Defense Minister Taro Kono is stepping up talks with his European and U.S. counterparts out of concern that China may further increase its military and economic presence after the novel coronavirus pandemic subsides.
His active diplomatic campaign comes at a time when the global crisis has been stalling Japan’s defense exchanges with other nations.
In telephone talks on Tuesday, Kono and British Secretary of State for Defense Ben Wallace confirmed cooperation on the “free and open Indo-Pacific region” initiative.
He also held recent phone talks with the defense ministers of the United States, France and Germany.
Kono is seeking stepped-up cooperation with the West as China continues to demonstrate its military strength amid the health crisis. Recently, the aircraft carrier Liaoning and five other Chinese warships traveled back and forth between the islands of Okinawa and Miyakojima.
The Vietnamese Foreign Ministry said earlier this month that a local fishing boat sank after being hit by a China Coast Guard ship near the Paracel Islands in the South China Sea.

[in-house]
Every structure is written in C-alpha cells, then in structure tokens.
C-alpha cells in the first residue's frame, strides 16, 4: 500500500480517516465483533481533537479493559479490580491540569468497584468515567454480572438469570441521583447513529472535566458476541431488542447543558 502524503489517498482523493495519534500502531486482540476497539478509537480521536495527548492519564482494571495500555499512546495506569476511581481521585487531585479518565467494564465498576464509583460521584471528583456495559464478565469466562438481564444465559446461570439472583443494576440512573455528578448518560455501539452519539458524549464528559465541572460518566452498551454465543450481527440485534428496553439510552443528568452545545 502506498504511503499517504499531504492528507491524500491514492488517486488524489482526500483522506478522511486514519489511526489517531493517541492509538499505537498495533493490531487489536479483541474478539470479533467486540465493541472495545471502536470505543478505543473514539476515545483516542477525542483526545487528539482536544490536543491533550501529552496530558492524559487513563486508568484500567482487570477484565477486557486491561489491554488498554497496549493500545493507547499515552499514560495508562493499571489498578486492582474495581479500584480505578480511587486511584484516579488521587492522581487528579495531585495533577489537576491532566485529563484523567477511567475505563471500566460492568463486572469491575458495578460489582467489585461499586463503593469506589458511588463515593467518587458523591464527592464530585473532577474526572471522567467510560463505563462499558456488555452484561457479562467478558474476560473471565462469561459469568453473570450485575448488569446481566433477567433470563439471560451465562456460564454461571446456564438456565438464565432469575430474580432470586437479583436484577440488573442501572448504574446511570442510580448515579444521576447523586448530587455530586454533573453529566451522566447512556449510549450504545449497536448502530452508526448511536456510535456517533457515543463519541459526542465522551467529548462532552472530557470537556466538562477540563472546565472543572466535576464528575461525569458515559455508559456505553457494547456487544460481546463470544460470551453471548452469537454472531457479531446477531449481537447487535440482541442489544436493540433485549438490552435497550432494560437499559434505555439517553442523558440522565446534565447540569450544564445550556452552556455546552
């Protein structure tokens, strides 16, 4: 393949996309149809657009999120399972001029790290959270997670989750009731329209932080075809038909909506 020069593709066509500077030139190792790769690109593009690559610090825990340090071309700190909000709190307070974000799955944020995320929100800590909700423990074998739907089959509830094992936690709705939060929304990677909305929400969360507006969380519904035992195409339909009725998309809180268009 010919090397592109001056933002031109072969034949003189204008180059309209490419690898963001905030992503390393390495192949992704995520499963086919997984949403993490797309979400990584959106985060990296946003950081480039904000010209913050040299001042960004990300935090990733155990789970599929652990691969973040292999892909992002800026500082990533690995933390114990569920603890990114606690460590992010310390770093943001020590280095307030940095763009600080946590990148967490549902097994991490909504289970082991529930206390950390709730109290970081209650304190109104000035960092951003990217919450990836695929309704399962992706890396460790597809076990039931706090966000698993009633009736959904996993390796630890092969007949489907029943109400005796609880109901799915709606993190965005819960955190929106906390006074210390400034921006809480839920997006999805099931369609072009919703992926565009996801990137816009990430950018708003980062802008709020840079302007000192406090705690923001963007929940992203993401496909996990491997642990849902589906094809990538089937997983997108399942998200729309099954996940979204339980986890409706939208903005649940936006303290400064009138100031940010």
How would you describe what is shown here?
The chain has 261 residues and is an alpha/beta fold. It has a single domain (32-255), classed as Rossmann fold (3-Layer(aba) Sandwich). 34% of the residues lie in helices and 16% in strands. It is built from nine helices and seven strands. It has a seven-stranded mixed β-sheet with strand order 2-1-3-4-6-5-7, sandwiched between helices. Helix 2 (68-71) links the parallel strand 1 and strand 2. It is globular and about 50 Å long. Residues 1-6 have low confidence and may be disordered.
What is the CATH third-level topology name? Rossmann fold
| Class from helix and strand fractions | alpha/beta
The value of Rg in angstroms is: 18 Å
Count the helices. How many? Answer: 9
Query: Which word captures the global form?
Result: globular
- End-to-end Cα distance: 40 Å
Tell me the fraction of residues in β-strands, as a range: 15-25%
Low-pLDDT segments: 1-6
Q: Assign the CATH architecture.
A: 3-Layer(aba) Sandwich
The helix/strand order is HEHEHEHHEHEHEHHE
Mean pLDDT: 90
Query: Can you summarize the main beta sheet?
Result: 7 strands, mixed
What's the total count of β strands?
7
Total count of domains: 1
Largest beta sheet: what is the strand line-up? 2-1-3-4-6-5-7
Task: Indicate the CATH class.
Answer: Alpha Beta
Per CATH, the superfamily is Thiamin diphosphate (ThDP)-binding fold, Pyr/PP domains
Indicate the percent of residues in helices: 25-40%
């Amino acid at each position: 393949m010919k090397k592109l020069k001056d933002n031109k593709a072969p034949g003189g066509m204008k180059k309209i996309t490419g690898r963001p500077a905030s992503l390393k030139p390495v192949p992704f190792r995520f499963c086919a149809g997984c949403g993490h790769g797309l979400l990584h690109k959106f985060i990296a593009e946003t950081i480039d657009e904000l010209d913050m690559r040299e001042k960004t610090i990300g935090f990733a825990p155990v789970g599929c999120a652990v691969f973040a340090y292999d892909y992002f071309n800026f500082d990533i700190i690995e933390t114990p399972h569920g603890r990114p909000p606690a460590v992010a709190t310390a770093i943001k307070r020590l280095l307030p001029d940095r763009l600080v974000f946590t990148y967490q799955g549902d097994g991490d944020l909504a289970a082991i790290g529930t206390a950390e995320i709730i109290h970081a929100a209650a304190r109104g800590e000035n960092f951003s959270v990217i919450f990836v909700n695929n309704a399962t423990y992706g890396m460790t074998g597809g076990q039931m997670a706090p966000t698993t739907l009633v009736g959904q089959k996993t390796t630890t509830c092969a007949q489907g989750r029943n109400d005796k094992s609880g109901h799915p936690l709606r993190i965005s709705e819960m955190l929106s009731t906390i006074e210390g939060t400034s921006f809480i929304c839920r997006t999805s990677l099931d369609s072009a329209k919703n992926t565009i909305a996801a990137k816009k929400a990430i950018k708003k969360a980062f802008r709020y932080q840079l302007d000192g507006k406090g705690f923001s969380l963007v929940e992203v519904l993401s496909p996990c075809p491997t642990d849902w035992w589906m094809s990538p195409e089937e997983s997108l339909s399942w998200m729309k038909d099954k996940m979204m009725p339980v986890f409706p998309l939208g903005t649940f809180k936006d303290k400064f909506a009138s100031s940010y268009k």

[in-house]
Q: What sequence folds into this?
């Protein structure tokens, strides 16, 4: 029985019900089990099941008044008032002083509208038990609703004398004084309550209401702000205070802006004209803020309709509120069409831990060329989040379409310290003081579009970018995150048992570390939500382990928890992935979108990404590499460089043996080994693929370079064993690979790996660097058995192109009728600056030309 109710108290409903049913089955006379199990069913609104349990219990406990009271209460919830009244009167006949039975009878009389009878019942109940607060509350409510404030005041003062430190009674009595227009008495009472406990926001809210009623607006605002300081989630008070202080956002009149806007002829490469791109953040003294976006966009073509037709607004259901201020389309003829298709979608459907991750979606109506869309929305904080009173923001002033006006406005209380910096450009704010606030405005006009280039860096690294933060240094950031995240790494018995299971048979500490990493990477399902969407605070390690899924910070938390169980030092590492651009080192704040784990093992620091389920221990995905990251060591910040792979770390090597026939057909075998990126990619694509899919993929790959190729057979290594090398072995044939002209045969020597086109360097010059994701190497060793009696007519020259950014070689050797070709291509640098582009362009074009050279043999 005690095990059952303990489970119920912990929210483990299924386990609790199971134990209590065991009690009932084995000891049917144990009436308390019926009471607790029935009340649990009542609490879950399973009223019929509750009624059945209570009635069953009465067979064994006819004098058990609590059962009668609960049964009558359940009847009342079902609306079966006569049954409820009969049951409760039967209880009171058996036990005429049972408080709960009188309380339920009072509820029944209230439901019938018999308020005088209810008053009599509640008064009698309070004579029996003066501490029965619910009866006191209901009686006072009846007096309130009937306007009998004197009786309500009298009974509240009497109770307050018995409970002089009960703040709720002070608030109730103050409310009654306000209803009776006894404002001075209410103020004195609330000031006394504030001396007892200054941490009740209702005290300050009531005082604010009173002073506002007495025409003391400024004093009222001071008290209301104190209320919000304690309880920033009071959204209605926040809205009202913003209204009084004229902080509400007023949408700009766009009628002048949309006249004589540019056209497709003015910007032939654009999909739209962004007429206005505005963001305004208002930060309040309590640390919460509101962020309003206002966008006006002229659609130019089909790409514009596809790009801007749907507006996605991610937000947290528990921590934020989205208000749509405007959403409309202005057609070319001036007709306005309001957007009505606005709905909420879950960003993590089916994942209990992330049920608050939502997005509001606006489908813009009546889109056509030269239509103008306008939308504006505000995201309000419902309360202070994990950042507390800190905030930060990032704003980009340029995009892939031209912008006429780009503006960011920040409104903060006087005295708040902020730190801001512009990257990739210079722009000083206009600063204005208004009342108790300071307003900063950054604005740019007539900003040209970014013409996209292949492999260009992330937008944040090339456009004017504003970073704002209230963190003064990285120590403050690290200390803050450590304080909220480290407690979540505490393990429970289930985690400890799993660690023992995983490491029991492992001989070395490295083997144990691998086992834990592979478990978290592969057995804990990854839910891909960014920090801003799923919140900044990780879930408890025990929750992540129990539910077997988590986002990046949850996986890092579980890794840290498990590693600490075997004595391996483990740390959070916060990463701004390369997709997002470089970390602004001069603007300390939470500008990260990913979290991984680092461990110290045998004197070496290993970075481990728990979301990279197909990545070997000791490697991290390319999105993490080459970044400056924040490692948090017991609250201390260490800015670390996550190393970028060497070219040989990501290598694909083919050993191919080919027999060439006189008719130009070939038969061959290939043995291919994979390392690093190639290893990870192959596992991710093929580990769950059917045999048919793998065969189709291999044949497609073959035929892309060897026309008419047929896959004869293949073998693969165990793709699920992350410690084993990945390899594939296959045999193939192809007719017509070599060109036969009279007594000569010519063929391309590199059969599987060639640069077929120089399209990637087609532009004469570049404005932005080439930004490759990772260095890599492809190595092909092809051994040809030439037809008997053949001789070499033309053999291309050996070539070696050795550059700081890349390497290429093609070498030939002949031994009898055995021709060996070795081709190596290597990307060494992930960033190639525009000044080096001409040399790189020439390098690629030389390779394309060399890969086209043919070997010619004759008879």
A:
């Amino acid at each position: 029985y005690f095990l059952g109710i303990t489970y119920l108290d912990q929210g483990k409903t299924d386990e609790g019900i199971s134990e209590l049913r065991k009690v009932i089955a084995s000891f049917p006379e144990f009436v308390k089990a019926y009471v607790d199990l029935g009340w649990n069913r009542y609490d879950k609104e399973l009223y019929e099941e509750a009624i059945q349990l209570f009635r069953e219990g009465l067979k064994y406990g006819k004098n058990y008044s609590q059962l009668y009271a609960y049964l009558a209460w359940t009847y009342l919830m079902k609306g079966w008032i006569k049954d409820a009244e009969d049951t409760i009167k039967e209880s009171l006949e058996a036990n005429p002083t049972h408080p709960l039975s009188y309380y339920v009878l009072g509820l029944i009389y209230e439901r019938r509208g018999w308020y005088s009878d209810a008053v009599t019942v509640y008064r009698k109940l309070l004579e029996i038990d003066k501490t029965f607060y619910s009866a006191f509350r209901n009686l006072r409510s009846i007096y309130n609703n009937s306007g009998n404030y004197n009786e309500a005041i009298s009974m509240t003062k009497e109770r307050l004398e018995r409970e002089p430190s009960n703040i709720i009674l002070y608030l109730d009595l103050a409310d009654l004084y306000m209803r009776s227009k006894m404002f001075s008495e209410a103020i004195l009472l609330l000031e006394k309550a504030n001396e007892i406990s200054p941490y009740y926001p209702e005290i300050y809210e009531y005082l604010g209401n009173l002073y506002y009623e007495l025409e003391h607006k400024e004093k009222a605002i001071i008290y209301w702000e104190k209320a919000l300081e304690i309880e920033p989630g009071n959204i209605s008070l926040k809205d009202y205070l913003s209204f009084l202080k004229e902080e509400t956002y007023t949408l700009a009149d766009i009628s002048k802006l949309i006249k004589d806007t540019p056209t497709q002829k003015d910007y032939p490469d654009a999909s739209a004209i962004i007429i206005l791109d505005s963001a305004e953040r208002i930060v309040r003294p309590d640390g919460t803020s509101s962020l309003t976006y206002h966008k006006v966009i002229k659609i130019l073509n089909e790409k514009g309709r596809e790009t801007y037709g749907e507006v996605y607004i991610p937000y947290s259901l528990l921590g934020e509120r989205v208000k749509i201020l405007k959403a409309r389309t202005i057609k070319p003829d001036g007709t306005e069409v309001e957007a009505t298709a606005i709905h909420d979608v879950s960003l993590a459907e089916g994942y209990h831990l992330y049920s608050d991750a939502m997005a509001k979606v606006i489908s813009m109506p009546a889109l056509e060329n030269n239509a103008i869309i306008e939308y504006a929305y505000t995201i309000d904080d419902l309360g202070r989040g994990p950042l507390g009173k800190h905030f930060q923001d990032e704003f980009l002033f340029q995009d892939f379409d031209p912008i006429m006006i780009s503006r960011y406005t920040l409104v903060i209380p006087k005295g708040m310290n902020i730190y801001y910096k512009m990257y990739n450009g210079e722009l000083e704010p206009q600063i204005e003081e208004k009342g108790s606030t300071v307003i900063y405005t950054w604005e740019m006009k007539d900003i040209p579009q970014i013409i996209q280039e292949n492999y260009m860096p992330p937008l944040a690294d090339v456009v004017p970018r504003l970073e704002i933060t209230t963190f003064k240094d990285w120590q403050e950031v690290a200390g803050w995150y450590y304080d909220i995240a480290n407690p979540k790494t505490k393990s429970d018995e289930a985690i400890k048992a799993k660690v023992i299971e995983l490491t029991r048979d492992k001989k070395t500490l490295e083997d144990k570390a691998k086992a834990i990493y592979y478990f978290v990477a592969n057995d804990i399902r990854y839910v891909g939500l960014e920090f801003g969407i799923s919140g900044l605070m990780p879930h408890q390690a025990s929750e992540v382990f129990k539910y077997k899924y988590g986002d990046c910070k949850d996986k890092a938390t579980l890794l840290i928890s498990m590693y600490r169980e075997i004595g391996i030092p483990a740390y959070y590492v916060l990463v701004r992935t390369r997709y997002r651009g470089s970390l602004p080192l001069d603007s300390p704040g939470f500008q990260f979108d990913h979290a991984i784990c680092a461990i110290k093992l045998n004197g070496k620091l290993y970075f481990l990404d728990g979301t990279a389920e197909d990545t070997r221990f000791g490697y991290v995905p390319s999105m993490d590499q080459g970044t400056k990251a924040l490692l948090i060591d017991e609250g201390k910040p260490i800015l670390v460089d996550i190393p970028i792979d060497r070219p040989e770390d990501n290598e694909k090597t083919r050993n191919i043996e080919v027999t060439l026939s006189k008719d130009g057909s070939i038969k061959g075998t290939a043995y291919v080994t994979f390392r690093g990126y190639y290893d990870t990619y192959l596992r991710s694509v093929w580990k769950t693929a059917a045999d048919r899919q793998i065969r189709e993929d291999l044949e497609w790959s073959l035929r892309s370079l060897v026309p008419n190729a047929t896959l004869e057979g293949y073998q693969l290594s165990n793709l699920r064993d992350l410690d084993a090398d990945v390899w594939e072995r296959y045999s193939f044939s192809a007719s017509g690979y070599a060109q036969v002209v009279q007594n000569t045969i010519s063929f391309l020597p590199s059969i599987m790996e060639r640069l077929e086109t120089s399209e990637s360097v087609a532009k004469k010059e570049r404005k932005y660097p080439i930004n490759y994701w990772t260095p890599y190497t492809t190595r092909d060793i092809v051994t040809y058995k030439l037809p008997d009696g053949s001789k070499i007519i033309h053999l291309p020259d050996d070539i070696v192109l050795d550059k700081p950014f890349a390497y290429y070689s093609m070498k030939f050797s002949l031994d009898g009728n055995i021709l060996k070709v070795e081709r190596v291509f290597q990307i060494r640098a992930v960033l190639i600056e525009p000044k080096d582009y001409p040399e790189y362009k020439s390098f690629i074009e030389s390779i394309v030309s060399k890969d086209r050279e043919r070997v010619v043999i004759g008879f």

China has set up new administrative districts in the South China Sea that a senior Japanese defense official says represent an attempt to unilaterally change the area’s status quo by force.
In addition, China has supplied face masks and other goods, and medical equipment mainly to countries participating in its “One Belt, One Road” initiative to help them in the fight against the novel coronavirus.
Apparently with China in mind, countries in Europe are increasingly concerned about the possibility of major infrastructure companies in the region, such as telecommunications firms, being acquired amid the economic stagnation resulting from the pandemic.
At a news conference Tuesday, Kono said he is talking with his foreign counterparts about how the epidemic will change the international order, showing his plans to hold more telephone talks with other countries.